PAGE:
The pressure to have the perfect Christmas looms large this time of year. I would assume, for most of us. We want to deliver the pumpkin bread tied in Martha Stewart bows and we want the kids to have matching socks (note the photo below)– at least for the Christmas concert. We want the deep conversation around the table and the chestnuts on the open fire. We want Normal Rockwell. Or the magic of Ralphie with his Red Ryder BB gun. Or, at least, a decent family picture, forcryingoutloud.
And us? We’re in the midst of a kitchen renovation. At Christmas. Not the brightest timing-plan, I’ll admit. And literally, all the stuff in our cabinets in strewn all over the living room. The pots and pans are on the floor in front of the couch, which is piled high with three loads of laundry. The utensil drawer is near the tree, like the unwrapped present even worse than socks and underwear. The countertops are gone. And so is the sink until tomorrow. It’s a disaster. And the chaos doesn’t stop there.
The Christmas parties at school are in the morning, and the best I could muster tonight was buying cheap cartons of orange juice that I’ll send in as penance to the room moms who planned the event and asked for help two weeks ago. I tried to get the kids to lay out their outfits for the Christmas sing-a-long tomorrow, but my youngest is actually demanding to wear two dresses–the one I chose literally underneath the one she wants. It’s her version of compromise, my version of embarrassment. “It’s my body, and I can wear what I want,” she declared. I didn’t push it. I don’t really care that much what she wears– as long as I can get those matching socks on her in the rush of getting the three out the door by 7:30.
Which tomorrow will be 7:20, since today one of the precious teachers let me know that we had already exceeded our tardy limit for the entire year.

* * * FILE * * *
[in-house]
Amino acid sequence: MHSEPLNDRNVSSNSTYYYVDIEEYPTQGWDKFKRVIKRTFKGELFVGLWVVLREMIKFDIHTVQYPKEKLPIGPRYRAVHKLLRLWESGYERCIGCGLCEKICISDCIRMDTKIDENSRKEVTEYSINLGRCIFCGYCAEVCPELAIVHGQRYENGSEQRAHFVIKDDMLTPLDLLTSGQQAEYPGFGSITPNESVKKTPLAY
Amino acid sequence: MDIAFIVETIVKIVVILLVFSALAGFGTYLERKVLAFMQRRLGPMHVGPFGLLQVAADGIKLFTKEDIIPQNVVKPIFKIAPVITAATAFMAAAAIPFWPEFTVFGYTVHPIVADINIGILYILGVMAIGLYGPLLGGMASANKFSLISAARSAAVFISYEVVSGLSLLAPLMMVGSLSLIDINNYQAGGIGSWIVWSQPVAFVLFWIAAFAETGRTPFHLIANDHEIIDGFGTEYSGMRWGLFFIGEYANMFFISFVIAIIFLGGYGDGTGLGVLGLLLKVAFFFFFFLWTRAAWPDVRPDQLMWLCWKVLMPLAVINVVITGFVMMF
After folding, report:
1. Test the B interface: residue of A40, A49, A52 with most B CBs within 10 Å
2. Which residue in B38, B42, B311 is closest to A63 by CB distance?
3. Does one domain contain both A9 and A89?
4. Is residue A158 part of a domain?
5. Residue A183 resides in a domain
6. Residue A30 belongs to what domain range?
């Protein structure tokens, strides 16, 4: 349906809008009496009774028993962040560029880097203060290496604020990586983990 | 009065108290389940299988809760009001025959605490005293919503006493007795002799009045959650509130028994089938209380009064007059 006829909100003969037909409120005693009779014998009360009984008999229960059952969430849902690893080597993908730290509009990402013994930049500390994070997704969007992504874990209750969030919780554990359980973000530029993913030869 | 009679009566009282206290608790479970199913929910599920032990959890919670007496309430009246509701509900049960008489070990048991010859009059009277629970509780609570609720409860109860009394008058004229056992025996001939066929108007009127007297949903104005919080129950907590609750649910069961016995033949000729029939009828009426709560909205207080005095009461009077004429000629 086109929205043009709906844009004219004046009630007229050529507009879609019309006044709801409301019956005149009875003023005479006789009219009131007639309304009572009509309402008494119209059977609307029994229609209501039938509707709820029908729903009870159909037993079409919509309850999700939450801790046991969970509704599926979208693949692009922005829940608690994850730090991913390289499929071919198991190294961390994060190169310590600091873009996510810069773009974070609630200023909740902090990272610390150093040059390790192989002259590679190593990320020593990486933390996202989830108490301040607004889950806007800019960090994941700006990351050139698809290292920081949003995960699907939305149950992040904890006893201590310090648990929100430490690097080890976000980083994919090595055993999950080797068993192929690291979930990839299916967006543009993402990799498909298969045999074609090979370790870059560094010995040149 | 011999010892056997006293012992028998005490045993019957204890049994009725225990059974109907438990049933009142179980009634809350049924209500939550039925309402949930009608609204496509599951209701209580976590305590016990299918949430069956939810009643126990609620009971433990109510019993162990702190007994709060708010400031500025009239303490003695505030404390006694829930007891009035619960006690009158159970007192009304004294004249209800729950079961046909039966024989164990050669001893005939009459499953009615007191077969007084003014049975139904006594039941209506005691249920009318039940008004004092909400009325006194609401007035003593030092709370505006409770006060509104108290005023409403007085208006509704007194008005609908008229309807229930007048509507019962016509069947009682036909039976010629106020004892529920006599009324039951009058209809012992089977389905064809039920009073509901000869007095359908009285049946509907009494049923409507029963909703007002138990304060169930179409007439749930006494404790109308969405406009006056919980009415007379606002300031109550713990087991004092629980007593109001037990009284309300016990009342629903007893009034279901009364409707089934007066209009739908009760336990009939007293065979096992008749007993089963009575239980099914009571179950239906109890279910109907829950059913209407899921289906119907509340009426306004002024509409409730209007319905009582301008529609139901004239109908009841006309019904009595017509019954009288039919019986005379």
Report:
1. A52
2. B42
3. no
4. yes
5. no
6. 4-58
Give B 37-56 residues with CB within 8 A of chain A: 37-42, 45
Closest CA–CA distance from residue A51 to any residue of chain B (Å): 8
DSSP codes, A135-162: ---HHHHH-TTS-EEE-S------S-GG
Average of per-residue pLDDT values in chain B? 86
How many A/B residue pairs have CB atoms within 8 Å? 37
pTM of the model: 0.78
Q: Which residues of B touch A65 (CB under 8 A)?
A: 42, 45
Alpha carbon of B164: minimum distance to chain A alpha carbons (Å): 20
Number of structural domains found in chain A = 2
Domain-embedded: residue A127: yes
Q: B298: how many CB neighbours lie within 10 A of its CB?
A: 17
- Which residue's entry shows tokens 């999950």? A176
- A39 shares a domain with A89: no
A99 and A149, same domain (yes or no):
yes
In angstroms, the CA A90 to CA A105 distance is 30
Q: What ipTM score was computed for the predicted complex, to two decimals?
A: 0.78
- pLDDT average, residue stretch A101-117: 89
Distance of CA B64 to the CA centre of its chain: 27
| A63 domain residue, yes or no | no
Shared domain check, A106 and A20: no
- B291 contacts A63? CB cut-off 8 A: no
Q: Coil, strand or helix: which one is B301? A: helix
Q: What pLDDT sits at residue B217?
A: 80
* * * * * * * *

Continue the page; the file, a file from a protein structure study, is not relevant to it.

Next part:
And my in-laws are coming on Sunday and will be staying for the week in my daughter’s room– which has never been fully moved into, even though we’ve now been in the house for about a month now. I hyperventilate a little each time I walk through the door, honestly. Boxes and clothes and shoes and posters and cups and discarded press-on nails.
I looked around tonight and it’s fairly obvious–there’s nothing here I’d want to instagram:
Not my Christmas decorations– the cat has clawed all the lower ornaments off the fake tree, leaving us with an oddly-crowded upper half of greenery. We still can’t get the stupid light timer to work on the outside decorations, so the icicle lights come on 5:45 and then go off automatically about 17 minutes later.
Not my kids– what with the two-dresses and the tardies and the spelling tests tomorrow that we forgot to study for again.
Not my gift-giving–Starbucks cards are all I can manage for the teachers, and the neighbors might only get from us the joy of our Christmas lights for 17 minutes nightly.
And definitely not my house– there are literally piles. everywhere.
But Glenn Packiam said something this last week at church that struck me. He said, “The manger wasn’t instagrammable, you know.”
He was reminding us of the unexpected, quiet joys of the season and the importance of watching for them. He was talking about how the holiest of nights didn’t happen in the Norman Rockwell picture, how when Joy to the World burst in, the scene might not have trended on twitter.
And, so, yes–this Christmas I’m not going to have my act together. My kid will be in all the class pictures with two dresses, and the likelihood of completing our kitchen project and then cleaning up after it, before our family arrives is slim. I probably won’t cook anything worthy of pinterest, and my wrapping job will consist of sticking things in Christmas bags. We might celebrate Christmas morning in some mess. Or a lot of mess.
But maybe that’s really okay. Perhaps, it’s not the setting but my attention to the things which matter that counts. Maybe if I cultivate the wonder of Mary and the awe of the shepherds, maybe I’ll see Joy in the flesh this year.
Even in this house, amid these imperfections.
Some gifts don’t need a filter to be just right, after all.
Interested in last year’s Christmas post where we threw the tree out into the yard and left it? Read here.